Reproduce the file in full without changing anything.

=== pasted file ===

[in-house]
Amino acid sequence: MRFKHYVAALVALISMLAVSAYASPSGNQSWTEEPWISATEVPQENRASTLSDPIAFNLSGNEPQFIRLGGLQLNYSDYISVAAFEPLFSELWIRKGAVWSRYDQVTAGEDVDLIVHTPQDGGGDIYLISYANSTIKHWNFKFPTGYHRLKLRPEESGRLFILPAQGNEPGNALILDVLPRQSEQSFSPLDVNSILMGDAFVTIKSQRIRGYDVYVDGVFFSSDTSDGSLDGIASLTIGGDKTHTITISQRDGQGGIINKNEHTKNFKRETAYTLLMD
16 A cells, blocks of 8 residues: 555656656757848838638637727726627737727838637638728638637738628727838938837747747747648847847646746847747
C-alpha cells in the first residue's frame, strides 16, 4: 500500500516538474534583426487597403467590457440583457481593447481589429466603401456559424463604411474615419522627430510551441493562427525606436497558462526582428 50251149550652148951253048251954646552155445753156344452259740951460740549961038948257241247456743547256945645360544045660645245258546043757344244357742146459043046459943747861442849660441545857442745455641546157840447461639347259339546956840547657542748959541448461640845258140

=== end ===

[in-house]
Amino acid sequence: MRFKHYVAALVALISMLAVSAYASPSGNQSWTEEPWISATEVPQENRASTLSDPIAFNLSGNEPQFIRLGGLQLNYSDYISVAAFEPLFSELWIRKGAVWSRYDQVTAGEDVDLIVHTPQDGGGDIYLISYANSTIKHWNFKFPTGYHRLKLRPEESGRLFILPAQGNEPGNALILDVLPRQSEQSFSPLDVNSILMGDAFVTIKSQRIRGYDVYVDGVFFSSDTSDGSLDGIASLTIGGDKTHTITISQRDGQGGIINKNEHTKNFKRETAYTLLMD
16 A cells, blocks of 8 residues: 555656656757848838638637727726627737727838637638728638637738628727838938837747747747648847847646746847747
C-alpha cells in the first residue's frame, strides 16, 4: 500500500516538474534583426487597403467590457440583457481593447481589429466603401456559424463604411474615419522627430510551441493562427525606436497558462526582428 50251149550652148951253048251954646552155445753156344452259740951460740549961038948257241247456743547256945645360544045660645245258546043757344244357742146459043046459943747861442849660441545857442745455641546157840447461639347259339546956840547657542748959541448461640845258140